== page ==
United States 2002

Yearbook 2002

USA. According to Countryaah website, national day of United States is every July 4. The war on terror declared by President George W. Bush after the September 11, 2001 attacks dominated the agenda both domestic and international. In a speech to the nation in January, Bush warned of an “axis of evil” and specifically mentioned Iraq, Iran and North Korea. That led many to fear that the United States was planning to expand the war in Afghanistan.

There, the hunt for Taliban, and not least the main suspect of the terrorist attack, Usama bin Laden, continued, although there was no clear evidence that he was still alive.

In January, the United States began bringing prisoners from Afghanistan to the Guant√°namo Bay military base in Cuba. They were declared “illegal combatants”, a term which meant that they were not given the status of prisoners of war nor were they treated like ordinary criminals. About 600 people eventually ended up in the prison camp. Among many other nationalities there was a Swedish prisoner.

Gradually, it became clear that Bush was prepared to resort to violence against Iraq to overthrow Saddam Hussein. It aroused concern and criticism in the outside world, even among US allies in Europe. In particular, Germany opposed all war plans with such sharpness that ice cold arose in relations between both countries. At home, too, many were hesitant about the war plans, but Bush received a sign from Congress in the fall for an armed attack. In the UN, after a compromise, he had to settle for a resolution stating that “serious consequences” awaited Iraq unless the country could prove that all weapons of mass destruction had been destroyed. At the end of the year, weapons inspectors were back in Iraq for the first time since 1998 and the United States and other members of the Security Council studied a 12,000-page report that Iraq issued in early December. However, there were many indications that the United States would not accept the report and the threat of war hung in the air.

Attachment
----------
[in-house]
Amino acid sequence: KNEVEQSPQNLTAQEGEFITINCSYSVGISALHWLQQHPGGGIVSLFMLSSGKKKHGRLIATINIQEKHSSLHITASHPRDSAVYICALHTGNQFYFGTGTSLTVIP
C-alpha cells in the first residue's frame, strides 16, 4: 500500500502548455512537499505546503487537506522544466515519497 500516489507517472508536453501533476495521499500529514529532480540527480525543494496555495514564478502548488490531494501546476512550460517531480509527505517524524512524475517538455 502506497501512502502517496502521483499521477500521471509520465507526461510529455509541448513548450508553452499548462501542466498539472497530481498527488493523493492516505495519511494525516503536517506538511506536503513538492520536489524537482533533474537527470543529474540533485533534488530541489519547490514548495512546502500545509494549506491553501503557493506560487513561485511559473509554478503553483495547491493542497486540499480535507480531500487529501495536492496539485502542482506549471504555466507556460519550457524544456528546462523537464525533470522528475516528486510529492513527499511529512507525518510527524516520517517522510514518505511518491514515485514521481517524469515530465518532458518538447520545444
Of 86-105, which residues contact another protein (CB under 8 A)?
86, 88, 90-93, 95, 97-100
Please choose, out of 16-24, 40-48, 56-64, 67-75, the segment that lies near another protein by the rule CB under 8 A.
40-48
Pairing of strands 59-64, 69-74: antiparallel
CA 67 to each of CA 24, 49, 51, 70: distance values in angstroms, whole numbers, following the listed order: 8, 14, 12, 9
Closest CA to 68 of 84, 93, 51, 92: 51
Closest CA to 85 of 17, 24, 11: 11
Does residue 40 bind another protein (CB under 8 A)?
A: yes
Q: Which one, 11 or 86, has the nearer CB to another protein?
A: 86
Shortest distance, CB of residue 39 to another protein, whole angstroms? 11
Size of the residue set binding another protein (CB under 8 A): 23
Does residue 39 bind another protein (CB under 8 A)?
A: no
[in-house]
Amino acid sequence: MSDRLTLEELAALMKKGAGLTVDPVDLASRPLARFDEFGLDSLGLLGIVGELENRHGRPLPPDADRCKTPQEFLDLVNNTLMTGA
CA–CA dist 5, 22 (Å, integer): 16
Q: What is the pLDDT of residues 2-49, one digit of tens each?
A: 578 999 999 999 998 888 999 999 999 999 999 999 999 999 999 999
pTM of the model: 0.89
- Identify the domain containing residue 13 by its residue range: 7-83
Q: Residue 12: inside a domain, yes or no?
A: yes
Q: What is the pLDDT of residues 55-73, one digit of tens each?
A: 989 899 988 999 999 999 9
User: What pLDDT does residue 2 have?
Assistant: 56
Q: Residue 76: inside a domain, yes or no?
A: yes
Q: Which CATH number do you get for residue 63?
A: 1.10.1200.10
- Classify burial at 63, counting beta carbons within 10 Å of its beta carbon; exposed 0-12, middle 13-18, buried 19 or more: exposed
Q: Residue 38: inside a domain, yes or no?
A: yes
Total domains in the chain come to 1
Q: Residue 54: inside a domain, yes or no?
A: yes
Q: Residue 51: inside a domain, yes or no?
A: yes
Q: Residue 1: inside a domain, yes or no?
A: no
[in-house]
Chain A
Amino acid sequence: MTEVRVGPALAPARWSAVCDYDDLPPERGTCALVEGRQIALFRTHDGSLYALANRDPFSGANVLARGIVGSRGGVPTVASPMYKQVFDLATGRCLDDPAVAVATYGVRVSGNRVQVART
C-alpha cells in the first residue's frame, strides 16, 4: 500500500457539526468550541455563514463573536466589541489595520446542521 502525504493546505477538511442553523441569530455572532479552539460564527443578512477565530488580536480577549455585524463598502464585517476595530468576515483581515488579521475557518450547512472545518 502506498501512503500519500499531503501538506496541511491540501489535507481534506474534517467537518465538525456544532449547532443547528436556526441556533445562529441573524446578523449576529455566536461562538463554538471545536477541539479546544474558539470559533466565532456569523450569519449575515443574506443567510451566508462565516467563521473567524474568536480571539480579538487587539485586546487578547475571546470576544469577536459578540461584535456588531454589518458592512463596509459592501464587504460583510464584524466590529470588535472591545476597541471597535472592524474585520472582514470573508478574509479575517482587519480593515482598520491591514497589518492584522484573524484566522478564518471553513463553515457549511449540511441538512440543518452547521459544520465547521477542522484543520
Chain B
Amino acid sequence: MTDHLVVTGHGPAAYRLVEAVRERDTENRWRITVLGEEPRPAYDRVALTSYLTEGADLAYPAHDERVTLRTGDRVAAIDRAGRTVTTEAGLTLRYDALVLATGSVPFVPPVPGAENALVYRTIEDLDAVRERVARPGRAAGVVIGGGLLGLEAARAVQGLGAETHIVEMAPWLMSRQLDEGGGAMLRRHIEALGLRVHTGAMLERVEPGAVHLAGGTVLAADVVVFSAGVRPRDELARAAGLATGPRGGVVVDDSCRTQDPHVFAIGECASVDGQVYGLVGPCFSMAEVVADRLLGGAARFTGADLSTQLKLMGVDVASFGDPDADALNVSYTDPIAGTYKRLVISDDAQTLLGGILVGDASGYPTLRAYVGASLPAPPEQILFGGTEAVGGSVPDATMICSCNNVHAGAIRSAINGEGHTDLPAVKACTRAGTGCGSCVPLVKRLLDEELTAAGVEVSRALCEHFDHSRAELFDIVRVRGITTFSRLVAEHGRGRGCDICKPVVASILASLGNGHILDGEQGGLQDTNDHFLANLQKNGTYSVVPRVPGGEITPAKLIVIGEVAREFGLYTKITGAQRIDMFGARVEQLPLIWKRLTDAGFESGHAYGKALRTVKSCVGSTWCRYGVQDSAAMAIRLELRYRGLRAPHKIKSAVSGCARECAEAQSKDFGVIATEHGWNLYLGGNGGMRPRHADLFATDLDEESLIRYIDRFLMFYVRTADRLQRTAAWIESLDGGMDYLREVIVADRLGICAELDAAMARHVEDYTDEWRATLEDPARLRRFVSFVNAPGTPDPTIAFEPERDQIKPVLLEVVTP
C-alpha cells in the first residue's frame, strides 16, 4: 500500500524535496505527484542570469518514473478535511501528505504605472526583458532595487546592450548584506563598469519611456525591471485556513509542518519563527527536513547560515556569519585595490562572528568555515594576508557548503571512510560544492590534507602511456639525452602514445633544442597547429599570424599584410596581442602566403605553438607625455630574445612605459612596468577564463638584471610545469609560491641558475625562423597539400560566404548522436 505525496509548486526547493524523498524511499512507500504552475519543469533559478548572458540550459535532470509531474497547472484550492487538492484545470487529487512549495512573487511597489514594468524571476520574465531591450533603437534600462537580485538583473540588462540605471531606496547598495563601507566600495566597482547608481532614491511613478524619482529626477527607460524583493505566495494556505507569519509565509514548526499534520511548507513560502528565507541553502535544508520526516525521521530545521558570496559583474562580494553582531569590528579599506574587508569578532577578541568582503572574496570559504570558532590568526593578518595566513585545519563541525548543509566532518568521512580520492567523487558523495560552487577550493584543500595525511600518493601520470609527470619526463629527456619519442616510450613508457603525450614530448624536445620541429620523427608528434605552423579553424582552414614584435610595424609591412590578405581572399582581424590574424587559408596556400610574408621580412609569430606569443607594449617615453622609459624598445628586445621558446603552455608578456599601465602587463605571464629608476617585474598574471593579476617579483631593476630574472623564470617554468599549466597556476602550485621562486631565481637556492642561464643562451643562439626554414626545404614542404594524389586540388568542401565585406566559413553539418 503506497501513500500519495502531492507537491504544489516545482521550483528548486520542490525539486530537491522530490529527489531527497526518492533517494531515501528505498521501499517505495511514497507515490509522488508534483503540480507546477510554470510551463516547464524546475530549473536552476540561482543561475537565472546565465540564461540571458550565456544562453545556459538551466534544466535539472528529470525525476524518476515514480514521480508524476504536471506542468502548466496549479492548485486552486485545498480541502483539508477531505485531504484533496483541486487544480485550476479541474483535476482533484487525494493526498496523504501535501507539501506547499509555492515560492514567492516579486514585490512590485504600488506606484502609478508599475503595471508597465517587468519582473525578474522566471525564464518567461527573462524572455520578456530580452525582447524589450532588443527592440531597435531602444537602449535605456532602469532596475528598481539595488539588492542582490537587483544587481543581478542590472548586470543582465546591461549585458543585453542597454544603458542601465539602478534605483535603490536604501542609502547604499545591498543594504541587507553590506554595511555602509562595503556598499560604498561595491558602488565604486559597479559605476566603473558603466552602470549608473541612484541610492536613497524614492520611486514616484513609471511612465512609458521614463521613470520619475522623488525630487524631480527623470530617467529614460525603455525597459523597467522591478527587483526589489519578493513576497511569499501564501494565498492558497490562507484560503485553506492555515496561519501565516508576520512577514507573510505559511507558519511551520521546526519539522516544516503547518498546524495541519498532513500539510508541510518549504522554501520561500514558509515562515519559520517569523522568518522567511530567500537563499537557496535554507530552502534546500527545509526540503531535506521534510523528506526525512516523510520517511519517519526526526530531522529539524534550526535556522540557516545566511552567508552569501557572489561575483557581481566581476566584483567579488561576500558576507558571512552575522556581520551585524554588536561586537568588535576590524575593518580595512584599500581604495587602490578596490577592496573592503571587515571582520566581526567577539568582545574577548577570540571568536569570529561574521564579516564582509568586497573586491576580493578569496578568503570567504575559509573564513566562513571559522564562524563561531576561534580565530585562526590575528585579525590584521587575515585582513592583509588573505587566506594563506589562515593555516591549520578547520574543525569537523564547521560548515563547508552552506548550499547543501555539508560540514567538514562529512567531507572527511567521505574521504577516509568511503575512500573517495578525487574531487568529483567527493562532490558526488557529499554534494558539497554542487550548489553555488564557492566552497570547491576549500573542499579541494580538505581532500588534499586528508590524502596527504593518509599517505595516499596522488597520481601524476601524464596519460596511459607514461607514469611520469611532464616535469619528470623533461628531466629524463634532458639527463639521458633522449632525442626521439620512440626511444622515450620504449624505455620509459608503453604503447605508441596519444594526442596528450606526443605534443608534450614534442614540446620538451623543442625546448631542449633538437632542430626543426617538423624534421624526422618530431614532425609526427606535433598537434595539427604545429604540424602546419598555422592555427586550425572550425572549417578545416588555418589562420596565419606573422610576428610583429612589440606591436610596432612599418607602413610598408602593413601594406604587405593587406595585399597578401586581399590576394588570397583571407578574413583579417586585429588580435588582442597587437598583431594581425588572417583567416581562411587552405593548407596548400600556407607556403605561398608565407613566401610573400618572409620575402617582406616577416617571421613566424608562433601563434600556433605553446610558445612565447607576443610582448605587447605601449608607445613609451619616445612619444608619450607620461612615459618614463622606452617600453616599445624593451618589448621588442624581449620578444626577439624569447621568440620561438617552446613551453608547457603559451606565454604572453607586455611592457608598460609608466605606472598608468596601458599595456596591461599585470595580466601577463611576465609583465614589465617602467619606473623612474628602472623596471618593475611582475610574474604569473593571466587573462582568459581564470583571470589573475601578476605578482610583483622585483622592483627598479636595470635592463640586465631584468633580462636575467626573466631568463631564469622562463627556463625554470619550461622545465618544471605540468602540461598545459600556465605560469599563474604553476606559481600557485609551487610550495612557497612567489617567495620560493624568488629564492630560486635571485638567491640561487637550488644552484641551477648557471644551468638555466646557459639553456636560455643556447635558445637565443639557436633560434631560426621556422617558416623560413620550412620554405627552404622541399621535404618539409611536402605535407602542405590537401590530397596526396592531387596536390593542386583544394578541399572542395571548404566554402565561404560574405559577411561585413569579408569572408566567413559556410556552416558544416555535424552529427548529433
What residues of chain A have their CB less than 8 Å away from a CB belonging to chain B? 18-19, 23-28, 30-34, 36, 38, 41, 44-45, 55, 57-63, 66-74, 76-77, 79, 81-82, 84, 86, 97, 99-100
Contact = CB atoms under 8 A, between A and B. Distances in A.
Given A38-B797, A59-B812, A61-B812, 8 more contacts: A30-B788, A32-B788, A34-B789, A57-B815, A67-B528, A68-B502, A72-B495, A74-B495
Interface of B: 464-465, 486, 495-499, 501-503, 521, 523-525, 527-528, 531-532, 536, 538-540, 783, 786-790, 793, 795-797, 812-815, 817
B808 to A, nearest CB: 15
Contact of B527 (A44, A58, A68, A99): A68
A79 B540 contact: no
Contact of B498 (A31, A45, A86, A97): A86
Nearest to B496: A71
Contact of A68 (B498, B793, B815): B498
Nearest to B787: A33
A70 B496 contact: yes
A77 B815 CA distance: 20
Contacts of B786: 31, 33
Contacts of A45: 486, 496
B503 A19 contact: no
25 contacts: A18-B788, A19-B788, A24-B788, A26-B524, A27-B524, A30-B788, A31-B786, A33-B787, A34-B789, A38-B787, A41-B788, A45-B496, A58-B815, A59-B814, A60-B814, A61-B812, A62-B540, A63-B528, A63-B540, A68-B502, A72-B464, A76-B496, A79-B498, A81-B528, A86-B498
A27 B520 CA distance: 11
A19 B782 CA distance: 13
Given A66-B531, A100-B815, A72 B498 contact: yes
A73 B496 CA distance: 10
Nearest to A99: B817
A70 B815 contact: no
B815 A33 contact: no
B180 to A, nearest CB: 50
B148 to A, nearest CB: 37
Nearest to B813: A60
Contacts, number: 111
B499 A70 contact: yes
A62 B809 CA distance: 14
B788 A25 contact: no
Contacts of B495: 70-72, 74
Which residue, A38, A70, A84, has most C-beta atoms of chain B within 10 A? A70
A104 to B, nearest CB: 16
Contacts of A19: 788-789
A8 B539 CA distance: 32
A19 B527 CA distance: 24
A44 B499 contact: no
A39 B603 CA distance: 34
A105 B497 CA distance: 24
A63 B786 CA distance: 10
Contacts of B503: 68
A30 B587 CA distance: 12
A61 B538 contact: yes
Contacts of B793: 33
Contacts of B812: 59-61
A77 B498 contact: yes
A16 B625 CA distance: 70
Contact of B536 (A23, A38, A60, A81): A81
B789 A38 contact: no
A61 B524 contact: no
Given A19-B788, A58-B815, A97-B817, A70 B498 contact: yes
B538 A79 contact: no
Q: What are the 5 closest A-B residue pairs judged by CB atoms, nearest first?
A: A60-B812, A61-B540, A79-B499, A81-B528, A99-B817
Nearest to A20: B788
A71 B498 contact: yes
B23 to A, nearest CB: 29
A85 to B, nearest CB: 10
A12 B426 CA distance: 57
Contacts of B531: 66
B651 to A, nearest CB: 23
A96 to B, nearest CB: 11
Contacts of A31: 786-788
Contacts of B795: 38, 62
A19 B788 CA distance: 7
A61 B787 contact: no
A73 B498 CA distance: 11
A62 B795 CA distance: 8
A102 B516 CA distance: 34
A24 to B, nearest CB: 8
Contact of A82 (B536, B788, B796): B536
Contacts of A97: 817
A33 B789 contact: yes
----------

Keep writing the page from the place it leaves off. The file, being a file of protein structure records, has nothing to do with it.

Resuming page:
The war on terror was also reflected in huge grants to the military; After a 10 percent increase in defense spending in 2002, Bush proposed a further 13.7 percent surcharge in 2003 to close to $ 379 billion. In addition, $ 37.5 billion was allocated to a new Department of Homeland Security, the Homeland Security Department. The ministry received close to 170,000 employees and completely or partially replaced 22 federal agencies, such as Coast Guard, Border Patrol, Migration Office, etc.

The intelligence service CIA, the federal police FBI and the national security service NSA would not be included in the new department, but provide it with intelligence material. It was the biggest change by the federal authorities since World War II.

Bush had continued strong support among Americans, which became evident as Republicans progressed strongly in the November congressional elections. The party strengthened its dominance in the House of Representatives and took over power in the Senate.

It has only happened twice before that the party holding the presidential power has strengthened its position in the midterm elections. Democratic leaders in the House of Representatives Richard Gephardt resigned after the defeat and elected new leader Nancy Pelosi, the first woman in the post.

However, the economy was a concern for Bush. The recession prevailed and unemployment was at 6% at the end of the year, the highest figure in nine years. The budget was estimated to be in deficit for the second year in a row, after having been on plus for several years.

The world’s second largest airline, United Airlines, with over 80,000 employees, had been hit hard by the crisis in the airline industry and forced to seek bankruptcy protection at the end of the year. In addition, the government had been shaken by accounting scandals in a number of large companies.

It started with energy giant Enron, which collapsed as early as December 2001. The company turned out to be cheating with the bookkeeping and pulled the audit firm Arthur Andersen with it in the case, when it proved to have contributed by hiding the cheating. Later, the telecom and data operator WorldCom also proved to have engaged in accounting fraud in the billion class. When WorldCom sought bankruptcy protection in July, it was the largest bankruptcy in US corporate history.

The office commodity giant Xerox was also revealed to have lied about its profits, and it was also discovered that major banks such as Citigroup and JP Morgan Chase had helped Enron hide its growing debts. A number of legal processes were initiated to measure responsibility in the many financial scandals. Bush, who, with his background in the oil industry, was close to big finances, saw himself forced to adopt new stricter anti-fraud laws in business.

The financial difficulties helped the President to implement the first refurbishment in his government in December. Finance Minister Paul O’Neill had to go and was replaced by Railway Director John Snow. The White House economic adviser Lawrence Lindsey was also replaced by Stephen Friedman, who came from the financial world.

United States Border Countries Map

Defeat in Vietnam